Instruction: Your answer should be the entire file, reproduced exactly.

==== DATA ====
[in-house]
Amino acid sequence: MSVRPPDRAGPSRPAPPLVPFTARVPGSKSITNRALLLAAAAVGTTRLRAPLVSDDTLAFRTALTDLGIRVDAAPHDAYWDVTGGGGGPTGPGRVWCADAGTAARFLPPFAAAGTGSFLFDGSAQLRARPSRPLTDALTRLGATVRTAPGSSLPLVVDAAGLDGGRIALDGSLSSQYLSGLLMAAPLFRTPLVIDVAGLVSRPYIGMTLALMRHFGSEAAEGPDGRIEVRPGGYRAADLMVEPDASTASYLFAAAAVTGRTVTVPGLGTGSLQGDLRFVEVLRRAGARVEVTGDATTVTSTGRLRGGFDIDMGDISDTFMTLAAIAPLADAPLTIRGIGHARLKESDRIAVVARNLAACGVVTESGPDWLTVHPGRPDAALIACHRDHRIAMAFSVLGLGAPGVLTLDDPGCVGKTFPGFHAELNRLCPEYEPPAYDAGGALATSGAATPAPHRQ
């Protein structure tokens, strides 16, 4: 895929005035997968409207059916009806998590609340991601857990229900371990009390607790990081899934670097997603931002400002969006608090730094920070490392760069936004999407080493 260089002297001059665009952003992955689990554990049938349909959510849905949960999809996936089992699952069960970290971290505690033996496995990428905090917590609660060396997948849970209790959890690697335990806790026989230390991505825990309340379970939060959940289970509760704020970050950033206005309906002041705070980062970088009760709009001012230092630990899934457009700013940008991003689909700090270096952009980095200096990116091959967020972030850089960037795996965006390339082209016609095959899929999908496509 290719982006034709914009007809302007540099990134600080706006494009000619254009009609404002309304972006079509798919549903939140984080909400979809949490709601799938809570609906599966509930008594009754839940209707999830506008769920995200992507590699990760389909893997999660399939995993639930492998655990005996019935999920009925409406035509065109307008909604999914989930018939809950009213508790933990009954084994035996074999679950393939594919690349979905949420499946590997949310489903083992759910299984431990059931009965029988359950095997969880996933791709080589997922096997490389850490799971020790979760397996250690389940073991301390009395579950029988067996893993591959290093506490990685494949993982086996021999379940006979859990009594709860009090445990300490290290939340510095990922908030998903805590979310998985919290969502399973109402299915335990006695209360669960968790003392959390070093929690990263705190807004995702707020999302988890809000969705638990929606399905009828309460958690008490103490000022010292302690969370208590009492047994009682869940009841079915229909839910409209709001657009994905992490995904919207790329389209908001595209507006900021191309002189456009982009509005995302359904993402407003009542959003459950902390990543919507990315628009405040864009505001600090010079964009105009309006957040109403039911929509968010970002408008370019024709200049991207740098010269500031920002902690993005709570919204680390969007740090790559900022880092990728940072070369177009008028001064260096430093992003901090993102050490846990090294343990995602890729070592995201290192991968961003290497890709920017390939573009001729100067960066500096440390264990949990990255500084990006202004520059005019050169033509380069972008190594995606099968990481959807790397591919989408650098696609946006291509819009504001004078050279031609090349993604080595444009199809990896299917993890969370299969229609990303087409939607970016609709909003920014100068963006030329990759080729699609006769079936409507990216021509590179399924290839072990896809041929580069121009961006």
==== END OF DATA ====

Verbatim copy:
[in-house]
Amino acid sequence: MSVRPPDRAGPSRPAPPLVPFTARVPGSKSITNRALLLAAAAVGTTRLRAPLVSDDTLAFRTALTDLGIRVDAAPHDAYWDVTGGGGGPTGPGRVWCADAGTAARFLPPFAAAGTGSFLFDGSAQLRARPSRPLTDALTRLGATVRTAPGSSLPLVVDAAGLDGGRIALDGSLSSQYLSGLLMAAPLFRTPLVIDVAGLVSRPYIGMTLALMRHFGSEAAEGPDGRIEVRPGGYRAADLMVEPDASTASYLFAAAAVTGRTVTVPGLGTGSLQGDLRFVEVLRRAGARVEVTGDATTVTSTGRLRGGFDIDMGDISDTFMTLAAIAPLADAPLTIRGIGHARLKESDRIAVVARNLAACGVVTESGPDWLTVHPGRPDAALIACHRDHRIAMAFSVLGLGAPGVLTLDDPGCVGKTFPGFHAELNRLCPEYEPPAYDAGGALATSGAATPAPHRQ
């Protein structure tokens, strides 16, 4: 895929005035997968409207059916009806998590609340991601857990229900371990009390607790990081899934670097997603931002400002969006608090730094920070490392760069936004999407080493 260089002297001059665009952003992955689990554990049938349909959510849905949960999809996936089992699952069960970290971290505690033996496995990428905090917590609660060396997948849970209790959890690697335990806790026989230390991505825990309340379970939060959940289970509760704020970050950033206005309906002041705070980062970088009760709009001012230092630990899934457009700013940008991003689909700090270096952009980095200096990116091959967020972030850089960037795996965006390339082209016609095959899929999908496509 290719982006034709914009007809302007540099990134600080706006494009000619254009009609404002309304972006079509798919549903939140984080909400979809949490709601799938809570609906599966509930008594009754839940209707999830506008769920995200992507590699990760389909893997999660399939995993639930492998655990005996019935999920009925409406035509065109307008909604999914989930018939809950009213508790933990009954084994035996074999679950393939594919690349979905949420499946590997949310489903083992759910299984431990059931009965029988359950095997969880996933791709080589997922096997490389850490799971020790979760397996250690389940073991301390009395579950029988067996893993591959290093506490990685494949993982086996021999379940006979859990009594709860009090445990300490290290939340510095990922908030998903805590979310998985919290969502399973109402299915335990006695209360669960968790003392959390070093929690990263705190807004995702707020999302988890809000969705638990929606399905009828309460958690008490103490000022010292302690969370208590009492047994009682869940009841079915229909839910409209709001657009994905992490995904919207790329389209908001595209507006900021191309002189456009982009509005995302359904993402407003009542959003459950902390990543919507990315628009405040864009505001600090010079964009105009309006957040109403039911929509968010970002408008370019024709200049991207740098010269500031920002902690993005709570919204680390969007740090790559900022880092990728940072070369177009008028001064260096430093992003901090993102050490846990090294343990995602890729070592995201290192991968961003290497890709920017390939573009001729100067960066500096440390264990949990990255500084990006202004520059005019050169033509380069972008190594995606099968990481959807790397591919989408650098696609946006291509819009504001004078050279031609090349993604080595444009199809990896299917993890969370299969229609990303087409939607970016609709909003920014100068963006030329990759080729699609006769079936409507990216021509590179399924290839072990896809041929580069121009961006």